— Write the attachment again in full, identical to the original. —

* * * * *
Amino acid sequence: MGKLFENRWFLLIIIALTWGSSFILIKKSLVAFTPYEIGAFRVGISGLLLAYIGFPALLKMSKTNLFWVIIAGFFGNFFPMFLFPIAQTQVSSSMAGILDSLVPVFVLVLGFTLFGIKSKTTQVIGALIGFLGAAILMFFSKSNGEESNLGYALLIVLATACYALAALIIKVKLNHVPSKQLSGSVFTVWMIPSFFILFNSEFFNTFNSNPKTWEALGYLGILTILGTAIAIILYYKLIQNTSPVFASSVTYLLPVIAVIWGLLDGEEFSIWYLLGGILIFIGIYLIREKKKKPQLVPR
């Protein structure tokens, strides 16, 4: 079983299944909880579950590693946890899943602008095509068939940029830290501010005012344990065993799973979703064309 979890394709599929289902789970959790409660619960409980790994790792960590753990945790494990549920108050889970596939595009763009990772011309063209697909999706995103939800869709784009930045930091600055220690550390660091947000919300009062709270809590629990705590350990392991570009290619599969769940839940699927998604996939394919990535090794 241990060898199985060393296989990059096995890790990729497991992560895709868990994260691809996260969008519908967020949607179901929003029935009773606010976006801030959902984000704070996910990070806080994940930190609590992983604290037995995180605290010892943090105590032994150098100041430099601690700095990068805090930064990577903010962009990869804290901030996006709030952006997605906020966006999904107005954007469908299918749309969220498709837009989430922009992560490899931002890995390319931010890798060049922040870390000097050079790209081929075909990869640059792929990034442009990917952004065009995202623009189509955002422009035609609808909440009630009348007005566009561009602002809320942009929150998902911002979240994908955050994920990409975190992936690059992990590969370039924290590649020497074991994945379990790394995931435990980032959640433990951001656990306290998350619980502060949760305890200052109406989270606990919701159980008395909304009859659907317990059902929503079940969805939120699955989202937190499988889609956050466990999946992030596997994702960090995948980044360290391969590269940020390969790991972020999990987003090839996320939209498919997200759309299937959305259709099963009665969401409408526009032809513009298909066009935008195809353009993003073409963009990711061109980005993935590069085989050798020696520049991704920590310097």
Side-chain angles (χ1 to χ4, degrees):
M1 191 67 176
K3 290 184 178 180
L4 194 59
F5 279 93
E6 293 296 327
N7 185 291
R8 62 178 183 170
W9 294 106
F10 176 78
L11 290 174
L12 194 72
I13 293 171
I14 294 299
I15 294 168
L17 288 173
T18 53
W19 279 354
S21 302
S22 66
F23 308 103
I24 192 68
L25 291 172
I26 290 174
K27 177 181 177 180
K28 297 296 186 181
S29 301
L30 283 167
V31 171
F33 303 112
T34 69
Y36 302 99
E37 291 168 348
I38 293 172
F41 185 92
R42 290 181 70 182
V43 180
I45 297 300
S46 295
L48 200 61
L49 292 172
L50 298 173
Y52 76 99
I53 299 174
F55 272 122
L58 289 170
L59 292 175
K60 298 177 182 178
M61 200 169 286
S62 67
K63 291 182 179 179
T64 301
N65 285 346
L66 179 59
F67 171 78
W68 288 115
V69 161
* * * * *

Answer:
Amino acid sequence: MGKLFENRWFLLIIIALTWGSSFILIKKSLVAFTPYEIGAFRVGISGLLLAYIGFPALLKMSKTNLFWVIIAGFFGNFFPMFLFPIAQTQVSSSMAGILDSLVPVFVLVLGFTLFGIKSKTTQVIGALIGFLGAAILMFFSKSNGEESNLGYALLIVLATACYALAALIIKVKLNHVPSKQLSGSVFTVWMIPSFFILFNSEFFNTFNSNPKTWEALGYLGILTILGTAIAIILYYKLIQNTSPVFASSVTYLLPVIAVIWGLLDGEEFSIWYLLGGILIFIGIYLIREKKKKPQLVPR
């Protein structure tokens, strides 16, 4: 079983299944909880579950590693946890899943602008095509068939940029830290501010005012344990065993799973979703064309 979890394709599929289902789970959790409660619960409980790994790792960590753990945790494990549920108050889970596939595009763009990772011309063209697909999706995103939800869709784009930045930091600055220690550390660091947000919300009062709270809590629990705590350990392991570009290619599969769940839940699927998604996939394919990535090794 241990060898199985060393296989990059096995890790990729497991992560895709868990994260691809996260969008519908967020949607179901929003029935009773606010976006801030959902984000704070996910990070806080994940930190609590992983604290037995995180605290010892943090105590032994150098100041430099601690700095990068805090930064990577903010962009990869804290901030996006709030952006997605906020966006999904107005954007469908299918749309969220498709837009989430922009992560490899931002890995390319931010890798060049922040870390000097050079790209081929075909990869640059792929990034442009990917952004065009995202623009189509955002422009035609609808909440009630009348007005566009561009602002809320942009929150998902911002979240994908955050994920990409975190992936690059992990590969370039924290590649020497074991994945379990790394995931435990980032959640433990951001656990306290998350619980502060949760305890200052109406989270606990919701159980008395909304009859659907317990059902929503079940969805939120699955989202937190499988889609956050466990999946992030596997994702960090995948980044360290391969590269940020390969790991972020999990987003090839996320939209498919997200759309299937959305259709099963009665969401409408526009032809513009298909066009935008195809353009993003073409963009990711061109980005993935590069085989050798020696520049991704920590310097």
Side-chain angles (χ1 to χ4, degrees):
M1 191 67 176
K3 290 184 178 180
L4 194 59
F5 279 93
E6 293 296 327
N7 185 291
R8 62 178 183 170
W9 294 106
F10 176 78
L11 290 174
L12 194 72
I13 293 171
I14 294 299
I15 294 168
L17 288 173
T18 53
W19 279 354
S21 302
S22 66
F23 308 103
I24 192 68
L25 291 172
I26 290 174
K27 177 181 177 180
K28 297 296 186 181
S29 301
L30 283 167
V31 171
F33 303 112
T34 69
Y36 302 99
E37 291 168 348
I38 293 172
F41 185 92
R42 290 181 70 182
V43 180
I45 297 300
S46 295
L48 200 61
L49 292 172
L50 298 173
Y52 76 99
I53 299 174
F55 272 122
L58 289 170
L59 292 175
K60 298 177 182 178
M61 200 169 286
S62 67
K63 291 182 179 179
T64 301
N65 285 346
L66 179 59
F67 171 78
W68 288 115
V69 161